It’s About Him (Not Me)

I’d like to think one of my better qualities is my ability to self-motivate. I’ve been known to give myself mini pep talks –admittedly sometimes out loud –encouraging myself to keep truckin’. And when I get in cheerleading mode, I become super focused, zoned-in, and shockingly quiet. I’d rather the outside world leave me alone to have my own private song-and-dance, without anything like reality interrupting me.

The only issue with being in hyper-concentrated-let-me-be mode is that inevitably, you gotta’ deal with other people. And you have to deal with them when they get in that mode, too. Mr. Possibility has been leading a busy life recently, putting him in the get-s***-done state of mind. Studying for a very difficult test that will help his career when he passes it, he’s been stuck in coffee shops and his apartment, only glancing at his beloved BlackBerry from time-to-time, and keeping himself entertained with the giant highlighter I picked up for him. He’s easily amused, apparently.

Anyway – because he’s under a lot of stress and is worried about a pivotal certification and I can offer no guidance on the subject matter, we haven’t been spending as much time together. And when we have been, tensions have been a tad high. We even officially had our first knock-down-drag-out fight last week. Some of the knick-picks have been his fault and some have been mine, but I’ve had to accept a very important fact that I should have learned from He’s Just Not That Into You.

It’s really not me. It’s him.

And this test, sincerely has nothing to do with me. It’s hard not to internalize the influence of everything else outside of a duo. Our lives don’t circulate around our relationships and the sun doesn’t depend on love to rise, but when the person you spend your freedom with needs to be distant for their own needs, how do you stop feeling like it’s you they want to get away from? How do you stop thinking you’re the cause and if only you could say the right thing, you could take away the worry? When truthfully, the only fix to ease the ailment is letting them mend their own wounds or get through their personal hardship with their own will.

That’s the thing about being focused – when you need to complete something – the only something to shift your mood, is you. I’m the same way, so if I can’t accept Mr. Possibility when he gets in that rut, then I’m being dishonest about who I am, too.

And if I think about it, our arguments have stemmed from not being able to relate and from outside factors that neither of us can really control. So with some tough personal love, I’ve decided that space is the best thing I can give him. With that separation, too, comes the liberty for me to relax, get more sleep, see my friends, get caught up on things I’ve let slide, and enjoy my own company. It also prevents unnecessary disagreements and falling outs that don’t need to fall apart.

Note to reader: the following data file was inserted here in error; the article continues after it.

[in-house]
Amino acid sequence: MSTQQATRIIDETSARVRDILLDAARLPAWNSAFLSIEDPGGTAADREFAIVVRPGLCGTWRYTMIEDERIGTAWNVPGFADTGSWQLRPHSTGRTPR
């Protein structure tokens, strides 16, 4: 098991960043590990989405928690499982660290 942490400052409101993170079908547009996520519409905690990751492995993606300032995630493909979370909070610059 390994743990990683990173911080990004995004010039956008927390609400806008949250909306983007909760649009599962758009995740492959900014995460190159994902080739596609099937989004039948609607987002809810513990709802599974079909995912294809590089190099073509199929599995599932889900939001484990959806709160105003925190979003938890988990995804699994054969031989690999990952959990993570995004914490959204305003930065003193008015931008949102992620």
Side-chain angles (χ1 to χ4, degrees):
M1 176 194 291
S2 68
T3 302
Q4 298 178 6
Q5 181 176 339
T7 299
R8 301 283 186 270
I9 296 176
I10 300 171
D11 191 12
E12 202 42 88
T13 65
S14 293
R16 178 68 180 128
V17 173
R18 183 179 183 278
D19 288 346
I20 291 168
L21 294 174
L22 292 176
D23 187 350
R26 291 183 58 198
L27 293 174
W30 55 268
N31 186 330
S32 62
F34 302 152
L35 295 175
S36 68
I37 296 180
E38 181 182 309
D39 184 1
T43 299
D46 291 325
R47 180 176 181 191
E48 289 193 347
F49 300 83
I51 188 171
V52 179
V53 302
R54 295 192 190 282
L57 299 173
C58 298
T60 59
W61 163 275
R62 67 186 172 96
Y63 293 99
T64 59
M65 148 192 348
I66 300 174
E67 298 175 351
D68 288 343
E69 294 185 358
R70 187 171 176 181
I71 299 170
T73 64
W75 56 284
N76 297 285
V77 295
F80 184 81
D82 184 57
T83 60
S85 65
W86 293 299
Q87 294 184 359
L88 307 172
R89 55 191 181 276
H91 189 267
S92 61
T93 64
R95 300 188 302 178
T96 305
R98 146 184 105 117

Because life, loving yourself, loving someone else, dating, and even sex – they all have to be balanced, as René Descartes would say, to make the machine that is your body, function. And if not everything that goes on in your mind, your body, your existence, has to do with another person, then you can’t expect your significant person to make you the center of their everything. Nor, in my opinion, should you want them to.

Sometimes, someone can care about you greatly, but parts of their lives…just have nothing to do with you. And really, it’s okay for it to be about him, not about me.

Showering Over Amsterdam

Many of the New York bathrooms I’ve seen have windows in the shower.

The first time I saw one at a friend’s place, I was horrified: “Why do you have a window in your shower??? What if someone sees you??” They reassured me no one could peep in, that the windows were shaded, and it was a very standard urban design. Maybe it’s for ventilation purposes, as many apartments are super small and the bathrooms would be stuffy without a way to release steam. But still, does it need to be right where you stand to bathe?

And though I vowed I’d never actually shower in front of Manhattan, when I found my current apartment, the only downfall was the powder room window placement. My new roommates and spacious living area outweighed my anxiety about getting naked in front of tinted glass.

Nevertheless, the first time I showered  over Amsterdam, I tiptoed into the tub, covering up my privates awkwardly and attempted to peer out the window, convinced the people walking below were looking straight up at my bareness. The water hitting my back and the glass starting to perspire, I cautiously dropped my hands and listened intently, certain someone would call up something, though I was seven stories up.

Moving slowly, as not to get caught for indecent public exposure, I lathered my hair and waited to be exposed. Minutes later, when the window was completely fogged up and the bathroom felt like a warm haze, I grew comfortable. I started showering as I normally do. I relaxed. I hummed a little tune. And once I turned the water off, stepped out to the marble floor and wrapped myself in a towel, I decided being a bathing beauty before the world wasn’t so bad. Especially since the world didn’t know I was naked above them.